Thanks everyone. This is really good news!

                  I have no disc left in my L5 as well and it is the L4-L5 that the orthopedic surgeon has recommended fusing. Again, though I would rather do this without surgery. I'll see about getting a second opinion from a different doctor, the current one is all to eager to preform surgery!

                  Any recommendations on back exercises I can do to strengthen my back?

                  Comment


                  • #10
                    I had one surgeon who was more than willing to perform spinal fusion on me I told her only if I was in screaming pain and in danger of not being able to walk would I consider it.

                    The next surgeon told me that a spinal fusion could make things better but then again, it could make things much worse. And if it made things worse, there would be nothing he could do. So I do my exercises and use my inversion table and all is well. (And guess which surgeon I'll go to if I ever do need surgery?)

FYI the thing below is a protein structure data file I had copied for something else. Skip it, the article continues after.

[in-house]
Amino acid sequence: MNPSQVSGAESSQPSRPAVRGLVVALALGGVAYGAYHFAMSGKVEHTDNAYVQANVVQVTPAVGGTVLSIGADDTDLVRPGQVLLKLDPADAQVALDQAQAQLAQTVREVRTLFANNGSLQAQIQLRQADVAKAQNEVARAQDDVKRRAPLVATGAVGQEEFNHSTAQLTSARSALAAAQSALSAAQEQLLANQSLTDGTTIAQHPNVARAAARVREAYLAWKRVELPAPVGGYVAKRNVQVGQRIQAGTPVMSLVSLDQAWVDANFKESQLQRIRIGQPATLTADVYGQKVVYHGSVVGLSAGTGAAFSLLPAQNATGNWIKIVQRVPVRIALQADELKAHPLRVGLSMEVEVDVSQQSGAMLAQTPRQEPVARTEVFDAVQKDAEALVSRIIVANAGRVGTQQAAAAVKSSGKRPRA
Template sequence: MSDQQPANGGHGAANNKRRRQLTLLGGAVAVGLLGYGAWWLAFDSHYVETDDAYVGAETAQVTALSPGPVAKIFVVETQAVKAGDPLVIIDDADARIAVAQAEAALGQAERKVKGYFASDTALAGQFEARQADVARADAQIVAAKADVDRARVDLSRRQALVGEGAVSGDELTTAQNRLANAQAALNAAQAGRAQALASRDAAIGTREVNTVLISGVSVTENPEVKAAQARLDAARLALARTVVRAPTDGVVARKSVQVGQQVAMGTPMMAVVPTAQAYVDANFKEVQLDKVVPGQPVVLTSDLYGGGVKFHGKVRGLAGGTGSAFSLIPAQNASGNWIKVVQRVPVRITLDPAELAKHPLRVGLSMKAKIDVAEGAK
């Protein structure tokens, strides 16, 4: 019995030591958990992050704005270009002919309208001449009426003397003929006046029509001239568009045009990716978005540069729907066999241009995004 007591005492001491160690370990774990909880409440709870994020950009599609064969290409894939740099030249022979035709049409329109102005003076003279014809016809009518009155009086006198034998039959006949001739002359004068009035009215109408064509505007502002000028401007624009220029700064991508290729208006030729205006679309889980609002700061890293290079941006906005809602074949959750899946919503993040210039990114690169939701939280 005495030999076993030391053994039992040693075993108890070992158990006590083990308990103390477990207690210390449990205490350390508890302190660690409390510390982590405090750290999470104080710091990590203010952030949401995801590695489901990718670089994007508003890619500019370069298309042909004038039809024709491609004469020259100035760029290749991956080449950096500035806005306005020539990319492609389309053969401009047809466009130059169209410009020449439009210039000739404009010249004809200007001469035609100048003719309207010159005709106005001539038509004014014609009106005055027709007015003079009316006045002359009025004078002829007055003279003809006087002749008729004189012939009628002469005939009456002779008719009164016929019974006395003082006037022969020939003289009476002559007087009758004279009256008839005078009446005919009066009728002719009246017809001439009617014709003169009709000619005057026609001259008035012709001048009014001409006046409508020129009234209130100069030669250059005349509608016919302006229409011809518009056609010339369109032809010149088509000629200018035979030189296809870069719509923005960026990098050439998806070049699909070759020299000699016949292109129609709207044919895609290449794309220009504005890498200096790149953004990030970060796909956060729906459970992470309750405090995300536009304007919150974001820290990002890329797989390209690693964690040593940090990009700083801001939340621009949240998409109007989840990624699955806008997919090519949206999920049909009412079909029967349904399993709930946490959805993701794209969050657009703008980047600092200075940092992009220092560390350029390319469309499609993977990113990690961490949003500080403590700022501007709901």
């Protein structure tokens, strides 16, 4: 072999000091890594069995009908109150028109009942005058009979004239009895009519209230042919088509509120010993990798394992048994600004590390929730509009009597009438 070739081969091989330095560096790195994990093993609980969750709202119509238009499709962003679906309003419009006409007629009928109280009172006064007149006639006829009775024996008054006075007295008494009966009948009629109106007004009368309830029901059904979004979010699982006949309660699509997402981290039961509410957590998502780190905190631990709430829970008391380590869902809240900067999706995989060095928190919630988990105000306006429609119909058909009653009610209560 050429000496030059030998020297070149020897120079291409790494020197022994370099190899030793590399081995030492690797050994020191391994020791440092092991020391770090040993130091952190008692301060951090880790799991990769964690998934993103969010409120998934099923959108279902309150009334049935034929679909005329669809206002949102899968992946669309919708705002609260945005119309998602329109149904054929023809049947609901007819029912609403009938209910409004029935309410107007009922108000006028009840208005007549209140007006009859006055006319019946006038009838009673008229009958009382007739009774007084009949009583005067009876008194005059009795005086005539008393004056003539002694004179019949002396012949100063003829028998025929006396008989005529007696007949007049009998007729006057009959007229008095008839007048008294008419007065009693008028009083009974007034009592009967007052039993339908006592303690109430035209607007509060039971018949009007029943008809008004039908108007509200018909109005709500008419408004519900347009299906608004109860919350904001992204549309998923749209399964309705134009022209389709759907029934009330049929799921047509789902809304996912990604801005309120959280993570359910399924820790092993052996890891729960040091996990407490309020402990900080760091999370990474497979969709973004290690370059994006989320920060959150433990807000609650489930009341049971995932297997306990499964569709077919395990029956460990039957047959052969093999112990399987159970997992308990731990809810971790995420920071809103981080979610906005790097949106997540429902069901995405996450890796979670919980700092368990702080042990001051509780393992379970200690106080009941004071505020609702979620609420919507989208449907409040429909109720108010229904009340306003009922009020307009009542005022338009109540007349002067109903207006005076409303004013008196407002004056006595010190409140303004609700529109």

As far as exercises go, see if you can go to a physical therapist. Exercises done incorrectly can cause more harm than good. So have someone evaluate you and come up with the exercises you need and then monitor you to make sure you are doing them correctly.

                    Also, remember that ice is your friend, especially when nerves are involved. Give yourself some time and see how things go. We are all pulling for you.

                    Comment


                    • #11
                      I had surgery several years ago to repair/remove a herniated disk (L5). I've ridden regularly since--jumping, too. Everyone's back problems will require a different solution, really--backs are unique. I had less damage than you, but I'd do PT, massage and the least invasive surgery they recommend. Can you come back to the States for a second opinion? I guess I'm assuming you're American. Don't give up hope--backs are fixable, and riding happens after repairs. I know a lady who shows hard on the A circuit who had her back fused at age 60, and just keeps on keeping on! You'll ride again.